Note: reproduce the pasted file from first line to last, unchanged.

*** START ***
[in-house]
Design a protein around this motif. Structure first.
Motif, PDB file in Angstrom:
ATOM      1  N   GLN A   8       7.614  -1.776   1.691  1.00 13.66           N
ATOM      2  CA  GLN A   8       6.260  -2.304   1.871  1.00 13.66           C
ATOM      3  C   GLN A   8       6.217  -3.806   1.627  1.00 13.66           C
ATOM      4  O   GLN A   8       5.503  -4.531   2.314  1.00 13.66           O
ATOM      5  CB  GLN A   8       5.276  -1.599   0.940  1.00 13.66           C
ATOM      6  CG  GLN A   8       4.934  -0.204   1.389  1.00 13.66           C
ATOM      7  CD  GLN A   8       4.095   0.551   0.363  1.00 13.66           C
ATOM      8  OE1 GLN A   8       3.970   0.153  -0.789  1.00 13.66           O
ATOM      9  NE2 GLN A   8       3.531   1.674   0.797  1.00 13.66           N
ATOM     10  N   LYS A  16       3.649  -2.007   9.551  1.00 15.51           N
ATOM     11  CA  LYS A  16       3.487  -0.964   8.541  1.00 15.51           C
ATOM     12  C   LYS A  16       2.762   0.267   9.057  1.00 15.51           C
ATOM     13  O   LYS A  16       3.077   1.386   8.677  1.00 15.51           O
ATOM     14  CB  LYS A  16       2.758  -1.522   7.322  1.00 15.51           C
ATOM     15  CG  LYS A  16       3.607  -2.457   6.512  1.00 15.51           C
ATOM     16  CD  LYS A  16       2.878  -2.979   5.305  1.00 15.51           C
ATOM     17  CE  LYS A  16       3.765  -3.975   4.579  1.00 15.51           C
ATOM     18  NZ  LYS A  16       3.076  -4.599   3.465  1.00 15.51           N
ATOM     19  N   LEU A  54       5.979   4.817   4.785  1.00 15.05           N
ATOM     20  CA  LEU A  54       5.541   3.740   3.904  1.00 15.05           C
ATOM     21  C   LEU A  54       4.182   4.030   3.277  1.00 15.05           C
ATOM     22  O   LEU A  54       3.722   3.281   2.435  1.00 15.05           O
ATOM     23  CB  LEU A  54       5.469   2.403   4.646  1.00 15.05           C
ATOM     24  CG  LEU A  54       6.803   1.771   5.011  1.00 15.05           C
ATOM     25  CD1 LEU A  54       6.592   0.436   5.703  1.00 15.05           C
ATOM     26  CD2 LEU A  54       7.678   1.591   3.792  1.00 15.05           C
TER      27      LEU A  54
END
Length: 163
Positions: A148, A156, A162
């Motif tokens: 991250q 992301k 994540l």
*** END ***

[in-house]
Design a protein around this motif. Structure first.
Motif, PDB file in Angstrom:
ATOM      1  N   GLN A   8       7.614  -1.776   1.691  1.00 13.66           N
ATOM      2  CA  GLN A   8       6.260  -2.304   1.871  1.00 13.66           C
ATOM      3  C   GLN A   8       6.217  -3.806   1.627  1.00 13.66           C
ATOM      4  O   GLN A   8       5.503  -4.531   2.314  1.00 13.66           O
ATOM      5  CB  GLN A   8       5.276  -1.599   0.940  1.00 13.66           C
ATOM      6  CG  GLN A   8       4.934  -0.204   1.389  1.00 13.66           C
ATOM      7  CD  GLN A   8       4.095   0.551   0.363  1.00 13.66           C
ATOM      8  OE1 GLN A   8       3.970   0.153  -0.789  1.00 13.66           O
ATOM      9  NE2 GLN A   8       3.531   1.674   0.797  1.00 13.66           N
ATOM     10  N   LYS A  16       3.649  -2.007   9.551  1.00 15.51           N
ATOM     11  CA  LYS A  16       3.487  -0.964   8.541  1.00 15.51           C
ATOM     12  C   LYS A  16       2.762   0.267   9.057  1.00 15.51           C
ATOM     13  O   LYS A  16       3.077   1.386   8.677  1.00 15.51           O
ATOM     14  CB  LYS A  16       2.758  -1.522   7.322  1.00 15.51           C
ATOM     15  CG  LYS A  16       3.607  -2.457   6.512  1.00 15.51           C
ATOM     16  CD  LYS A  16       2.878  -2.979   5.305  1.00 15.51           C
ATOM     17  CE  LYS A  16       3.765  -3.975   4.579  1.00 15.51           C
ATOM     18  NZ  LYS A  16       3.076  -4.599   3.465  1.00 15.51           N
ATOM     19  N   LEU A  54       5.979   4.817   4.785  1.00 15.05           N
ATOM     20  CA  LEU A  54       5.541   3.740   3.904  1.00 15.05           C
ATOM     21  C   LEU A  54       4.182   4.030   3.277  1.00 15.05           C
ATOM     22  O   LEU A  54       3.722   3.281   2.435  1.00 15.05           O
ATOM     23  CB  LEU A  54       5.469   2.403   4.646  1.00 15.05           C
ATOM     24  CG  LEU A  54       6.803   1.771   5.011  1.00 15.05           C
ATOM     25  CD1 LEU A  54       6.592   0.436   5.703  1.00 15.05           C
ATOM     26  CD2 LEU A  54       7.678   1.591   3.792  1.00 15.05           C
TER      27      LEU A  54
END
Length: 163
Positions: A148, A156, A162
């Motif tokens: 991250q 992301k 994540l």